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21 
KE Theory & the Number of Vertices Belonging to All Maximum Independent Sets in a GraphShort, Taylor 11 February 2011 (has links)
For a graph $G$, let $\alpha (G)$ be the cardinality of a maximum independent set, let $\mu (G)$ be the cardinality of a maximum matching and let $\xi (G)$ be the number of vertices belonging to all maximum independent sets. Boros, Golumbic and Levit showed that in connected graphs where the independence number $\alpha (G)$ is greater than the matching number $\mu (G)$, $\xi (G) \geq 1 + \alpha(G)  \mu (G)$. For any graph $G$, we will show there is a distinguished induced subgraph $G[X]$ such that, under weaker assumptions, $\xi (G) \geq 1 + \alpha (G[X])  \mu (G[X])$. Furthermore $1 + \alpha (G[X])  \mu (G[X]) \geq 1 + \alpha (G)  \mu (G)$ and the difference between these bounds can be arbitrarily large. Lastly some results toward a characterization of graphs with equal independence and matching numbers is given.

22 
An Agent Based Model of Tumor Growth and Response to RadiotherapyO'Neil, Nicole 30 May 2012 (has links)
An agent based model was developed to examine the growth of a tumor in a healthy cell population. Response to radiation and impact of mutation and bystander effects were studied. In the growth model, the cancer cells proliferated outward becoming invasive. The mass of cancer cells developed a necrotic core. Various treatment protocols of radiation were compared. Timing of treatments was critical to the success of therapy. The event of mutation was rare. When mutation occurred, either unsuccessful treatment or regrowth could result. Multiple rounds of radiation potentially led to increased mutation. Low levels of the bystander effect had little impact on the overall behavior of the system when considered alone and in combination with mutation. Higher levels of bystander effect and increased affected area resulted in significant cell death. Increasing the radius of the bystander effect in combination with mutation resulted in large numbers of mutation and unsuccessful treatment.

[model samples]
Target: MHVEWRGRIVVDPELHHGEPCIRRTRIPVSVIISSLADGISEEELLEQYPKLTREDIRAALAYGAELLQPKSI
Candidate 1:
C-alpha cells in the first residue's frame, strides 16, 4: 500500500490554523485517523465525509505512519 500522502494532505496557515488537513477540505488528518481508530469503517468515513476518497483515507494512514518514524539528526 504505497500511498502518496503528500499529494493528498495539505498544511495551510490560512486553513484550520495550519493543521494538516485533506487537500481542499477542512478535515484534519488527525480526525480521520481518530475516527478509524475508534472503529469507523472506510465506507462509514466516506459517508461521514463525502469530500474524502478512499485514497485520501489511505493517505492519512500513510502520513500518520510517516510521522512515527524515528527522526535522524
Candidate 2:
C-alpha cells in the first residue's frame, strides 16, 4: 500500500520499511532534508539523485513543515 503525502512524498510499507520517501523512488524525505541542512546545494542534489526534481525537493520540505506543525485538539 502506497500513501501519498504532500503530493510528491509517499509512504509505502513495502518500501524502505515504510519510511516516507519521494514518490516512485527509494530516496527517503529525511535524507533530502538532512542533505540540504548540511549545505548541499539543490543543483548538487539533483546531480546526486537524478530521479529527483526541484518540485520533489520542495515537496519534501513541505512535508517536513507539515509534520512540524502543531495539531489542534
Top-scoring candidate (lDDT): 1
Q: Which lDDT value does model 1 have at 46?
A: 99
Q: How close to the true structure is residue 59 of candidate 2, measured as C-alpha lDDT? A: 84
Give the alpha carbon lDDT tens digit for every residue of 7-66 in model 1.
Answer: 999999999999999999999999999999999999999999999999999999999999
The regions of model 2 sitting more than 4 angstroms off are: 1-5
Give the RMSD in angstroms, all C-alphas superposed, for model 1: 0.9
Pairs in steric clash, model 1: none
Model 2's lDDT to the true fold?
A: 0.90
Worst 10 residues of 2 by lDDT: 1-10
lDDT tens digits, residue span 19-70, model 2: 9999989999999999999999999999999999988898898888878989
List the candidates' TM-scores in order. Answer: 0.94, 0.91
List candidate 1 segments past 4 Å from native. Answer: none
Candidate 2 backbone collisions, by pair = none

23 
Real time monitoring of surface chemical events by streaming potentials in microfluidic channelsNOKURA, KENJI 12 December 2013 (has links)
Zeta potential is one of the tools to measure the surface charge of materials, and Alvarez et al. have developed a microchannel device to measure zeta potentials in real time for labelfree sensing using immobilized receptors on microchannel surfaces. However, the challenge has been the charge interference of surface modifiers on analyte detection. Therefore, it was necessary to find the best strategy to regenerate minimal surface charge after modifying the channel with polymer films that would anchor the affinity groups for the analyte. It was demonstrated that adsorption of positively and negatively charged analytes were monitored via real time zeta potential measurements by using surfaceimmobilized polystyrene nanospheres, and the best discrimination of analyte binding on the nanoparticles was observed when the underlying film was a nonionic polymer. Titanium oxide nanoparticles (TiO2) were immobilized on microchannels modified with nonionic polymers to investigate if the surface charge of the microchannel was induced by the concomitant surface charge reactions of the TiO2 nanoparticles upon UV exposure. Analysis by XPS indicates that desorption of proteins monitored by zeta potential changes are induced by UV exposure.

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Stochastic Differential Equations and Numerical ApplicationsRajotte, Matthew 29 April 2014 (has links)
We will explore the topic of stochastic differential equations (SDEs) first by developing a foundation in probability theory and It\^o calculus. Formulas are then derived to simulate these equations analytically as well as numerically. These formulas are then applied to a basic population model as well as a logistic model and the various methods are compared. Finally, we will study a model for low dose anthrax exposure which currently implements a stochastic probabilistic uptake in a deterministic differential equation, and analyze how replacing the probablistic uptake with an SDE alters the dynamics.

25 
Investigating Mechanical Properties of Metallic Nanowires using Molecular DynamicsKhammang, Alex 30 April 2014 (has links)
Metallic nanowires have useful applications in scanning tunneling microscopes and atomic force microscopes due to their unique sensitivity to force and electricity. These unique properties arise because of the large surface area to volume ratio. One of these properties is that introducing twinning planes the mechanical properties of metallic nanowires can be altered. The effects of twinning planes on metallic nanowires were studied using molecular dynamics simulations. Silver, copper, and nickel nanowires with and without twinning planes were simulated with engineering strain until the first yielding stress was obtained. The radial simulations showed that as the radius of twinned nanowires increased, the strength gained by introducing the twinning planes increased. The temperature simulations showed that nanowires with twinning planes were stronger than their untwinned counterparts as temperature increased. The purpose of this investigation was to better understand the effect twinning planes had on metallic nanowires, so that future technological advances would benefit from the results.

26 
On the Embeddings of the SemiStrong Product GraphBrooks, Eric B 01 January 2015 (has links)